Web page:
Taking paper out of air cargo


“We are experiencing a time of prolonged transformation,” says Steve Hill of CHAMP Cargosystems. IATA has set ambitious goals for the physical Air Waybills – designed over 80 years ago – to go electronic by 2015. What stands in the way?

“The past five years have seen marked difference in the transformation of the air transport industry. This is not just because of e-freight and initiatives such as Cargo 2000 (C2K), but also because of major structural changes by an increasing number of airlines such as the 100 per cent outsourcing of ground handling,” says Steve Hill, Principal Industry Consultant for CHAMP Cargosystems, one of global leaders in integrated IT solutions and distribution services in the air cargo industry. 

Hill, who has been in the airline business for almost 40 years, is one of the key players in the transformation of the air cargo industry. He is a member of many industry boards and advisory committees that work on regulations and recommendations including C2K. 

One of C2K’s main goals is to help assure high quality performance underpinning the shift to e-freight, which means the elimination of paper from the cargo business.  

Going paper-free

Currently, air cargo shipments require as many as 20 different paper documents, which slows down air cargo processes and is a strain on natural and other resources. Estimates place paperwork generated by air cargo as filling up to eighty 747-cargo planes annually. 
“Moving away from a ‘paper trail’ view of the world requires new business models,” says Hill. “The dematerialization of paper will have an effect on how to do business – from the organization of an office to how to manage the freight. It represents a total business change,” he says. 
One of the central components of the move to e-freight is adopting an electronic Air Waybill (e-AWB). 
“We are focusing our attention on the big challenge, and transforming our industry starts with the e-AWB, which is the central to the business. But the transition is not as straightforward as it would seem,” says Hill.

“Technology is there, but confidence is missing”

According to Hill, part of the challenge is that the template for the Air Waybill was designed over 80 years ago and the demands facing that document have changed dramatically since then. 
“Part of the e-AWB challenge now is how to adequately represent the information required for the different sections of the Air Waybill. The amount of data exchanged as an e-AWB can exceed the limitations of its paper counterpart. This can be an issue, as parties will still need to complete printed paperwork, even if using PDF files. The industry has a reasonable tradition of e-trading and messaging, but there has always been the safety net of paper to fall back on,” says Hill.
As Hill explains, there is an increasing amount of information that needs to be captured against an AWB. 
“We are a long way from the days of the 12 carbon copies cut by typewriter! But still we have essentially the same AWB layout and content. One of the challenges is while we still need to align ourselves with that layout it is a constraint to full progress of the e-AWB. For example, even with the current limited messaging standards, the volume of information required for some shipments cannot adequately fit in the designated boxes of the AWB and needs to be put into other areas it was not designed for. The new IATA XML standard will further extend the amount of data that can be captured and is closer to what should be an e-AWB that reflects what would be represented on a paper document.”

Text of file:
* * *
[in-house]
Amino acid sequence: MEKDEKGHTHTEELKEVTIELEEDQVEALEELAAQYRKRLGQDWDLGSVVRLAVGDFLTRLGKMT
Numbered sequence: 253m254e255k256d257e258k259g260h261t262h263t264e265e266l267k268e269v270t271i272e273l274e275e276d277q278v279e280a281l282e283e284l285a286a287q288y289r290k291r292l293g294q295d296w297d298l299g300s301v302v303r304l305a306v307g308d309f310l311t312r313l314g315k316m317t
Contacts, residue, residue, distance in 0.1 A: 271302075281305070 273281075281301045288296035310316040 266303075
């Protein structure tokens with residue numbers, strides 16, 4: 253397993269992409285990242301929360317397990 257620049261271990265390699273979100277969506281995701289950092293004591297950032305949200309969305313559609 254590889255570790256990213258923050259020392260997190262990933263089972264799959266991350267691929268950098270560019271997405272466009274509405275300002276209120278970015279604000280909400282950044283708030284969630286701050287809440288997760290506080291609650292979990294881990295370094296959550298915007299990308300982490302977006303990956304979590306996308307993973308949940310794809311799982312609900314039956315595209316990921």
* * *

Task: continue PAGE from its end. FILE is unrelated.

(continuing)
IATA has set ambitious goals for the e-AWB aiming for 100 per cent e-AWB usage by 2015, preceded by a target of 50 per cent next year. One estimate puts the current usage of e-AWBs at around nine per cent. 

Why eliminate paper?

“There are several reasons why e-freight is important: the CSR commitment, to reduce the carbon footprint, increase fuel-efficiency and decrease the amount of paper being flown around the world,” says industry expert Steve Hill. 
Estimates place the amount of paperwork being flown around the world each year as enough to fill up to eighty 747-cargo planes. 
“There are also huge amounts of paper in every cargo office and some documents act as a ‘paper trigger’ for operational actions. Also a paper AWB copy can have other local documents attached – creating yet more paper to manage. The handling, managing, storing, and archiving of paper work – up to ten years legally – takes up a lot of space,” says Hill, who considers sense of security to be one of the main reasons why the cargo industry has been holding onto paper for so long.  
Finnair partner CHAMP Cargosystems
CHAMP Cargosystems provides the most comprehensive range of integrated, IT solutions and distribution services for the air cargo transport chain. The portfolio spans core management systems, messaging services, and eCargo solutions. 
Text by Katja Pantzar
Photos by iStockphoto and CHAMP Cargosystems

Published August 28, 2013

Category: Collaboration, Environment